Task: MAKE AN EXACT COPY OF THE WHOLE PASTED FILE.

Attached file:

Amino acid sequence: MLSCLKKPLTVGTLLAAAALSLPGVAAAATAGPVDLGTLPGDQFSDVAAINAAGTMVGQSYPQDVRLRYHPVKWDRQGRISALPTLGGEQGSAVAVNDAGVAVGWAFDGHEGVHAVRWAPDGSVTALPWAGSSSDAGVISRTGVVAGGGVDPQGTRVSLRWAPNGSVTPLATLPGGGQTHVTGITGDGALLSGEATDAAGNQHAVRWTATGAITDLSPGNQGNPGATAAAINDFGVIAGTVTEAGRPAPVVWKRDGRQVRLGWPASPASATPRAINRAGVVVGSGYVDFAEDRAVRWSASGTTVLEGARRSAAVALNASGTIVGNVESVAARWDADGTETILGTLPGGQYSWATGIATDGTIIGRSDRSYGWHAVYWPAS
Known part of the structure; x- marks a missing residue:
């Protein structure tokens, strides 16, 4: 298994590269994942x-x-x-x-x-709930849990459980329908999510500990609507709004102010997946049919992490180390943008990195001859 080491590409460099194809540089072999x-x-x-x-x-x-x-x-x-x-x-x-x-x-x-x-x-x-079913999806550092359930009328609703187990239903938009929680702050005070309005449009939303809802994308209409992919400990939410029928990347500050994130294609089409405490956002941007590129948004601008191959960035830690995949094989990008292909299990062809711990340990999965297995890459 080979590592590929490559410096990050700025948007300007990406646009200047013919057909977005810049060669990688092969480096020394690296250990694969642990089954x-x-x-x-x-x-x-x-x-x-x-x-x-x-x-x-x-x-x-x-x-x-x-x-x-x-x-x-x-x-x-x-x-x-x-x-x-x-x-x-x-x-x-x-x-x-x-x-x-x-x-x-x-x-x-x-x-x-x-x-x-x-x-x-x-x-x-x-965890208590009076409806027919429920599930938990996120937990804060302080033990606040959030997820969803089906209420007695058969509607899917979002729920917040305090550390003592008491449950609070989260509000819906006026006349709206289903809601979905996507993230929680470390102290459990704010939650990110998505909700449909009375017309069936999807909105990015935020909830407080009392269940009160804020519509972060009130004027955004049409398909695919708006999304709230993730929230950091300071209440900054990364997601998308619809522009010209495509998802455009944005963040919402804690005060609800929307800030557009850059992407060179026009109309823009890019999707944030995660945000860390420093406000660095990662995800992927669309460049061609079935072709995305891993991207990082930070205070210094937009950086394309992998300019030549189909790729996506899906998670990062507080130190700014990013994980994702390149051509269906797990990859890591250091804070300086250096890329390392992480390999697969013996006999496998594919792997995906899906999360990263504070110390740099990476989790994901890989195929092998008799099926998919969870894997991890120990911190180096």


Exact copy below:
Amino acid sequence: MLSCLKKPLTVGTLLAAAALSLPGVAAAATAGPVDLGTLPGDQFSDVAAINAAGTMVGQSYPQDVRLRYHPVKWDRQGRISALPTLGGEQGSAVAVNDAGVAVGWAFDGHEGVHAVRWAPDGSVTALPWAGSSSDAGVISRTGVVAGGGVDPQGTRVSLRWAPNGSVTPLATLPGGGQTHVTGITGDGALLSGEATDAAGNQHAVRWTATGAITDLSPGNQGNPGATAAAINDFGVIAGTVTEAGRPAPVVWKRDGRQVRLGWPASPASATPRAINRAGVVVGSGYVDFAEDRAVRWSASGTTVLEGARRSAAVALNASGTIVGNVESVAARWDADGTETILGTLPGGQYSWATGIATDGTIIGRSDRSYGWHAVYWPAS
Known part of the structure; x- marks a missing residue:
């Protein structure tokens, strides 16, 4: 298994590269994942x-x-x-x-x-709930849990459980329908999510500990609507709004102010997946049919992490180390943008990195001859 080491590409460099194809540089072999x-x-x-x-x-x-x-x-x-x-x-x-x-x-x-x-x-x-079913999806550092359930009328609703187990239903938009929680702050005070309005449009939303809802994308209409992919400990939410029928990347500050994130294609089409405490956002941007590129948004601008191959960035830690995949094989990008292909299990062809711990340990999965297995890459 080979590592590929490559410096990050700025948007300007990406646009200047013919057909977005810049060669990688092969480096020394690296250990694969642990089954x-x-x-x-x-x-x-x-x-x-x-x-x-x-x-x-x-x-x-x-x-x-x-x-x-x-x-x-x-x-x-x-x-x-x-x-x-x-x-x-x-x-x-x-x-x-x-x-x-x-x-x-x-x-x-x-x-x-x-x-x-x-x-x-x-x-x-x-965890208590009076409806027919429920599930938990996120937990804060302080033990606040959030997820969803089906209420007695058969509607899917979002729920917040305090550390003592008491449950609070989260509000819906006026006349709206289903809601979905996507993230929680470390102290459990704010939650990110998505909700449909009375017309069936999807909105990015935020909830407080009392269940009160804020519509972060009130004027955004049409398909695919708006999304709230993730929230950091300071209440900054990364997601998308619809522009010209495509998802455009944005963040919402804690005060609800929307800030557009850059992407060179026009109309823009890019999707944030995660945000860390420093406000660095990662995800992927669309460049061609079935072709995305891993991207990082930070205070210094937009950086394309992998300019030549189909790729996506899906998670990062507080130190700014990013994980994702390149051509269906797990990859890591250091804070300086250096890329390392992480390999697969013996006999496998594919792997995906899906999360990263504070110390740099990476989790994901890989195929092998008799099926998919969870894997991890120990911190180096």